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What's the best way to get around the shortcoming of generic type inferencing of reference arguments, so that I don't have to specify the type in every call?

Update: I don't mind other (including non-generic) solutions as long as it works with multiple (any?) types.

This seems to still not have been resolved, although known for quite some time.

Please vote for a resolution to this on Embarcaderos Quality Central: Issue #78103.

From a comment by Barry Kelly to Generic Methods and Type Inferencing:

PS: Your example, in Tiburon, almost works. Method type inference works well for arguments passed by value. It doesn’t work for arguments passed by reference, unfortunately (the compiler is being too strict).

Now, almost three years later, I'm trying the same thing in Delphi XE, and it complains that:

[DCC Error] INIv1_Parser.pas(81): E2033 Types of actual and formal var parameters must be identical

When calling:

function FindDataItemValue<T>(ItemType: TDataItemType; out Value: T): Boolean;

With:

var MaxG: Real;
...
if Data.FindDataItemValue(PAR_MaxG, MaxG) and (MaxG = 2.5) then ...

Commonly suggested work-around: However, if I add the generalization on the call, it works fine; although annoying that it is even needed.

Update:

Thus far, The best I've come up with is to use either Variants or the TValue record from the Rtti module. Using variants I implement interfaces when I need to use objects, and store a reference to that (interface) in the variant.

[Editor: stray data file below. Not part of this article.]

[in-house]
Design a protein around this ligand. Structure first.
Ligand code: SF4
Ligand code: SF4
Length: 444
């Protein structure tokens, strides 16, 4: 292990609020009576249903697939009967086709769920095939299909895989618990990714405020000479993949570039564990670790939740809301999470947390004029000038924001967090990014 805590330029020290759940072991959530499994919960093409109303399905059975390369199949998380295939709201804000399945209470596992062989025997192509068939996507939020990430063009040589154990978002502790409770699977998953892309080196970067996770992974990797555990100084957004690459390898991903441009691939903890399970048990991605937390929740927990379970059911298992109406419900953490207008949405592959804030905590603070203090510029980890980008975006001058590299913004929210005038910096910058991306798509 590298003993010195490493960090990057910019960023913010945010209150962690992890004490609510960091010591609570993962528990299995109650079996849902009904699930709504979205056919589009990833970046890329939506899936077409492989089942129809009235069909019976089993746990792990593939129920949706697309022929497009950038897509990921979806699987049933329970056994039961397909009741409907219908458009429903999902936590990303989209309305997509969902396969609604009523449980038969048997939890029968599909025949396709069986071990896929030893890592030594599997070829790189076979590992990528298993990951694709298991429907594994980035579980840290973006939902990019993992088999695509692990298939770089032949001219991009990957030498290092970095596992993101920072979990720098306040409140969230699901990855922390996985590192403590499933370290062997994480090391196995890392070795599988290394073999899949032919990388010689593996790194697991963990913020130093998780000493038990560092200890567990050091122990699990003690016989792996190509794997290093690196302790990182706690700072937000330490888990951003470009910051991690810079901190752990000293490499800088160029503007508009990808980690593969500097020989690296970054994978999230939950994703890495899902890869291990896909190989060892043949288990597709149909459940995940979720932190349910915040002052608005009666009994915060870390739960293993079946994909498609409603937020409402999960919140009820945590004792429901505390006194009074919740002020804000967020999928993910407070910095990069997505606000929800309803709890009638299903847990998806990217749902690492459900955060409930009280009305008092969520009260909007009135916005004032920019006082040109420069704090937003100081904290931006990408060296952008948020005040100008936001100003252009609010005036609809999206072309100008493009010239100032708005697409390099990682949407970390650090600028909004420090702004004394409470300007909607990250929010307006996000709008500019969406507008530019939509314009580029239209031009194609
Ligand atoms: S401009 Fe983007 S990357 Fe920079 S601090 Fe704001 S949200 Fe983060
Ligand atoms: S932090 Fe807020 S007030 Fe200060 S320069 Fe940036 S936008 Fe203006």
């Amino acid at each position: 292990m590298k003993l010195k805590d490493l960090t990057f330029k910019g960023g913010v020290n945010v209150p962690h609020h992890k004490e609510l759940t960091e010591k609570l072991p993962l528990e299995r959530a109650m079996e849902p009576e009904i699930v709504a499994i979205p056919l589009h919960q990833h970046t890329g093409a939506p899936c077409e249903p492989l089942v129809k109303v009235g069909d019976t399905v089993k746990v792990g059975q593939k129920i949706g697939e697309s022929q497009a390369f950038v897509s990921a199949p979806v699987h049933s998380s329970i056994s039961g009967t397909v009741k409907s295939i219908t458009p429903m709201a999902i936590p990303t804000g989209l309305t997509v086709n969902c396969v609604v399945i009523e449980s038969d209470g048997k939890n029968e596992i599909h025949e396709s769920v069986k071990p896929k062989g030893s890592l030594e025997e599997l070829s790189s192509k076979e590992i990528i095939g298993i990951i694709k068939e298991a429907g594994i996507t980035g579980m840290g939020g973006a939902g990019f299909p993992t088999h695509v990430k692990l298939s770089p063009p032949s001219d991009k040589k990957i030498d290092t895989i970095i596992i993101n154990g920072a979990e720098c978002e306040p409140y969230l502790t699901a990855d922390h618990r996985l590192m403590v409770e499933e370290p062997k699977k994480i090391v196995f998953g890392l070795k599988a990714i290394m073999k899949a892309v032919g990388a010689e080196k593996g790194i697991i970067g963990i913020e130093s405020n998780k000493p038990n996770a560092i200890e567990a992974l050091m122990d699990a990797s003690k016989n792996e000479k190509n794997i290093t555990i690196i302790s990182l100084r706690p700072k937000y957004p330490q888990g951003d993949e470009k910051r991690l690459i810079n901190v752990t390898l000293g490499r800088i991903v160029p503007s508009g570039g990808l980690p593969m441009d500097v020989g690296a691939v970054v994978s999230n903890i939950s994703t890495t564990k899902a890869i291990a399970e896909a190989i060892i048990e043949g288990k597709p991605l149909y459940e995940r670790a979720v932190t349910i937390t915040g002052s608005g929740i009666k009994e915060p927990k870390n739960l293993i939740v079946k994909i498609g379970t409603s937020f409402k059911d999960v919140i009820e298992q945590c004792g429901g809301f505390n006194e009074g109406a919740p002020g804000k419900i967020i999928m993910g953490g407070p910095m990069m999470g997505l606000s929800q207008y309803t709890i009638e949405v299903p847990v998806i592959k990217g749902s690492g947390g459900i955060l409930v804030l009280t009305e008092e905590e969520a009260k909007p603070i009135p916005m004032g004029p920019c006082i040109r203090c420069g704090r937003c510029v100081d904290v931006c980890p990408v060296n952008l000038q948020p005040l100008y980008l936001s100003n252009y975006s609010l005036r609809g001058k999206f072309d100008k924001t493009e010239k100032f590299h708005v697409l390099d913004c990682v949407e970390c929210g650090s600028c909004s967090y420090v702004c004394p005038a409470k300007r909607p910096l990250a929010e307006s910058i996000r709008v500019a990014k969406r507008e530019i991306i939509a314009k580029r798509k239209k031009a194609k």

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I don't feel I've got a single suggestion about how to really get around the issue. The only suggestions so far is to add the type to the call, which is what I would like to get rid of. I'll edit my original question to better reflect this. –  Kaos Apr 14 '11 at 7:22

3 Answers 3

up vote 3 down vote accepted

Type inference does not currently work for var and out parameters. I agree that it is highly annoying.

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The answer then, becomes: there is no work-around. Or, the work-around is to avoid generics altogether. –  Kaos Jul 27 '11 at 11:30

There is no workaround. You have to specify the type.

var
  MaxG: Real;
...
  if Data.FindDataItemValue<Real>(PAR_MaxG, MaxG) and (MaxG = 2.5) then ...

If you want Embarcadero to resolve this, then vote for this QC entry that is about your issue.

The QC entries with the highest votes get more attention.

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Thanks for the link to QC issue #78103. I've voted for it. Thanks to Thorsten Engler for reporting it. –  Kaos Apr 14 '11 at 7:18

The best way is to do exactly what's demonstrated in the article you cite: Include the type parameters in the method call:

if Data.FindDataItemValue<Real>(PAR_MaxG, MaxG) ...
share|improve this answer
    
Well, that makes it work. However, I would like to get rid of the <PotentiallyLongAndComplicatedTypeName>-syntax; even if I have to sacrifice the use of generics altogheter, which are rather buggy when it starts to get complex any way (or I'm not using generics correctly). –  Kaos Apr 14 '11 at 7:36

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